British troops on leave in Las Vegas during the mass shooting have revealed how they ran through screaming crowds to save the wounded.
Speaking for the first time since the massacre on Sunday night, they said used pillows, tea towels, belts and their shirts as makeshift tourniquets to stop the injured bleeding out as dead bodies lay around them.
In an emotional interview, Trooper Ross Woodward, 23, said he used his army training to try and save a man who had been shot in his back but he tragically died as he was holding his hand.
Six troopers from the Queen’s Dragoon Guards were in the city on the night gunman Stephen Paddock killed 58 people in the largest mass shooting in modern US history.
Ross Woodward, 23, said he used his army training to try and save a man who had been shot in his back but he tragically died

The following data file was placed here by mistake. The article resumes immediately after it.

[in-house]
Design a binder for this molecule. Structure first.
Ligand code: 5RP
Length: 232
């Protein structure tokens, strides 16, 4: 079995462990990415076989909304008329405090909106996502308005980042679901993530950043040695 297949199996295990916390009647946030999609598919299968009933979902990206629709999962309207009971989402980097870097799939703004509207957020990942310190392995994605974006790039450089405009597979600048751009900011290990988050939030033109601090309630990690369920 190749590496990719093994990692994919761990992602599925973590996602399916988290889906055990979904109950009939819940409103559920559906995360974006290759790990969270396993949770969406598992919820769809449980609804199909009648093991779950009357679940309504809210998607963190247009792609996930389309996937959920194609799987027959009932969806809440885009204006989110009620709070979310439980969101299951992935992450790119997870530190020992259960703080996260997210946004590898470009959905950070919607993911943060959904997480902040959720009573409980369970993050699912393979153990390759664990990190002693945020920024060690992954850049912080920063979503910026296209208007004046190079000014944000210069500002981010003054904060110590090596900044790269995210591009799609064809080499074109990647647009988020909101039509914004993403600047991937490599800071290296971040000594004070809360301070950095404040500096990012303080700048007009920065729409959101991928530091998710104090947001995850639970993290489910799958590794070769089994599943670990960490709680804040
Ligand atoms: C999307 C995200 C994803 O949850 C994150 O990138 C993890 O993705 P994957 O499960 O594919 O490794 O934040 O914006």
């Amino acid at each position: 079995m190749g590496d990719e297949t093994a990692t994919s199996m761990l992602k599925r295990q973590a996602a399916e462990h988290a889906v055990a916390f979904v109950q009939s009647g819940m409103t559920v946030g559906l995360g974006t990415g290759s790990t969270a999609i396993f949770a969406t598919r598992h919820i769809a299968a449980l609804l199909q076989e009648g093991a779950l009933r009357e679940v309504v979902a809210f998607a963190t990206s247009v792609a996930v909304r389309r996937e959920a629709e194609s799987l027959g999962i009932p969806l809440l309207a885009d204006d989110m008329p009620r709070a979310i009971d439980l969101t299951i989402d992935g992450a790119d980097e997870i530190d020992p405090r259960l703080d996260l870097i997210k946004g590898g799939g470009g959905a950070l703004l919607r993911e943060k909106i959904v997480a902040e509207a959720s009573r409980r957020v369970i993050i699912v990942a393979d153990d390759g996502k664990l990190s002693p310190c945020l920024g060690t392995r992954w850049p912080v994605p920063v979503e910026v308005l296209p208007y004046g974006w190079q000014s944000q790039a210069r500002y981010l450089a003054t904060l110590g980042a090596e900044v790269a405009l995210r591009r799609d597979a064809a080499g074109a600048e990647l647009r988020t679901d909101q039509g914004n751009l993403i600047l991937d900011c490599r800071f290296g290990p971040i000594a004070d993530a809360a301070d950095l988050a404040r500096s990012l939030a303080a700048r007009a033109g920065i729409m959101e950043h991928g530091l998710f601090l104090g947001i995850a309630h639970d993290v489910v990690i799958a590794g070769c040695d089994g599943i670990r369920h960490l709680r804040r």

People scramble over barriers to get to safety as the gunfire rages on at the Las Vegas event
The British troopers had been taking part in desert training in Nevada and were on leave in the city drinking and visiting casinos at the time.
They were split between the Hooters Hotel and the Tropicana Hotel, close to where the concert was taking place.
Last night the men, who are yet to go to war, described the horrifying scenes as they rushed to the scene to help the wounded and save lives.
Trooper Woodward, from Nottingham, was walking towards the Tropicana Hotel from a casino when he heard gun shots and screams.
Speaking from the US before their flight home, he said: ‘At first we just believed it was fireworks and then there was chaos. Everyone was screaming the ‘gun man’s coming’.
He said he started finding casualties, adding: ‘Someone had been shot and I was trying to find the exit wound. He was just saying it was difficult to breathe.